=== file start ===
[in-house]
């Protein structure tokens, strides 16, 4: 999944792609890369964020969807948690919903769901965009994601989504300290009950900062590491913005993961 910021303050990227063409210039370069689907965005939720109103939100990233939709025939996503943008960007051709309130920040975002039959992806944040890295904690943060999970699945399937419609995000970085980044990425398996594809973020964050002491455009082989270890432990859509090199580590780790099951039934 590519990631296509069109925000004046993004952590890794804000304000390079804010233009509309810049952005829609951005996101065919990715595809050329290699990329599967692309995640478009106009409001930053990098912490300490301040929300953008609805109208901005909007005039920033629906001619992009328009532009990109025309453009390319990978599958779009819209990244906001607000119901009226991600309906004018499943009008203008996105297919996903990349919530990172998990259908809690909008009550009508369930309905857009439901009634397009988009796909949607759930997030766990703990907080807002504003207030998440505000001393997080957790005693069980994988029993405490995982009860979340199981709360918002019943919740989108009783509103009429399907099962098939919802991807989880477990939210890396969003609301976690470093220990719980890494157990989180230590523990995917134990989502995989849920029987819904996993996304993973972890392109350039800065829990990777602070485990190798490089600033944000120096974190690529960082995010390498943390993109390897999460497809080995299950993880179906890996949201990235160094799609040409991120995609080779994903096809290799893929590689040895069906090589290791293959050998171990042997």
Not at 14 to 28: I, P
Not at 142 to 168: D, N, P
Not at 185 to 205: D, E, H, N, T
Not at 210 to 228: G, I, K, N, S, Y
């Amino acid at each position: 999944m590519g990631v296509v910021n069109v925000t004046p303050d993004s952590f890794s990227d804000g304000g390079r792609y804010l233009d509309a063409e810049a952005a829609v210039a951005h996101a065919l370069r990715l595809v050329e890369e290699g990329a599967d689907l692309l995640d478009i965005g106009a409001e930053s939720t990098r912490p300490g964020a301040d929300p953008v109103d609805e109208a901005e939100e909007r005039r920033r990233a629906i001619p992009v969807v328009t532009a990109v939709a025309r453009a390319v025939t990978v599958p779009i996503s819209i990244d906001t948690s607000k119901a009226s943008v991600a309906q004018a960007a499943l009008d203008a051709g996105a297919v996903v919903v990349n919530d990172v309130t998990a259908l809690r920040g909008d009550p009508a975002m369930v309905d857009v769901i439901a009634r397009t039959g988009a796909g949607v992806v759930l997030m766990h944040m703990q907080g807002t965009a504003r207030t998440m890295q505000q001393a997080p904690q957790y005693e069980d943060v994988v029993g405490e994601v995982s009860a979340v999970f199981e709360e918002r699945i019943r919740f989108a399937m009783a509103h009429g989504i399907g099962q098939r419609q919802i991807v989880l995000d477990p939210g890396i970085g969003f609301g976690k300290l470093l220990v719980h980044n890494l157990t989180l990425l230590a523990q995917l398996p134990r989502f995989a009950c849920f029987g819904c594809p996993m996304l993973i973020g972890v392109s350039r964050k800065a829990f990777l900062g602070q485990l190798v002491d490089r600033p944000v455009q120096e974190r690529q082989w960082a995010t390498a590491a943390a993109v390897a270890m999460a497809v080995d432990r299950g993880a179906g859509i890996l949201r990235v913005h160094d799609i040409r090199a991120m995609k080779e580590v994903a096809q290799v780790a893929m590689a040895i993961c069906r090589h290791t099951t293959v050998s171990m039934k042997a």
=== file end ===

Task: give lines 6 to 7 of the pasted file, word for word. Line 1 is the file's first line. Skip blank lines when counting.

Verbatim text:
Not at 210 to 228: G, I, K, N, S, Y
């Amino acid at each position: 999944m590519g990631v296509v910021n069109v925000t004046p303050d993004s952590f890794s990227d804000g304000g390079r792609y804010l233009d509309a063409e810049a952005a829609v210039a951005h996101a065919l370069r990715l595809v050329e890369e290699g990329a599967d689907l692309l995640d478009i965005g106009a409001e930053s939720t990098r912490p300490g964020a301040d929300p953008v109103d609805e109208a901005e939100e909007r005039r920033r990233a629906i001619p992009v969807v328009t532009a990109v939709a025309r453009a390319v025939t990978v599958p779009i996503s819209i990244d906001t948690s607000k119901a009226s943008v991600a309906q004018a960007a499943l009008d203008a051709g996105a297919v996903v919903v990349n919530d990172v309130t998990a259908l809690r920040g909008d009550p009508a975002m369930v309905d857009v769901i439901a009634r397009t039959g988009a796909g949607v992806v759930l997030m766990h944040m703990q907080g807002t965009a504003r207030t998440m890295q505000q001393a997080p904690q957790y005693e069980d943060v994988v029993g405490e994601v995982s009860a979340v999970f199981e709360e918002r699945i019943r919740f989108a399937m009783a509103h009429g989504i399907g099962q098939r419609q919802i991807v989880l995000d477990p939210g890396i970085g969003f609301g976690k300290l470093l220990v719980h980044n890494l157990t989180l990425l230590a523990q995917l398996p134990r989502f995989a009950c849920f029987g819904c594809p996993m996304l993973i973020g972890v392109s350039r964050k800065a829990f990777l900062g602070q485990l190798v002491d490089r600033p944000v455009q120096e974190r690529q082989w960082a995010t390498a590491a943390a993109v390897a270890m999460a497809v080995d432990r299950g993880a179906g859509i890996l949201r990235v913005h160094d799609i040409r090199a991120m995609k080779e580590v994903a096809q290799v780790a893929m590689a040895i993961c069906r090589h290791t099951t293959v050998s171990m039934k042997a």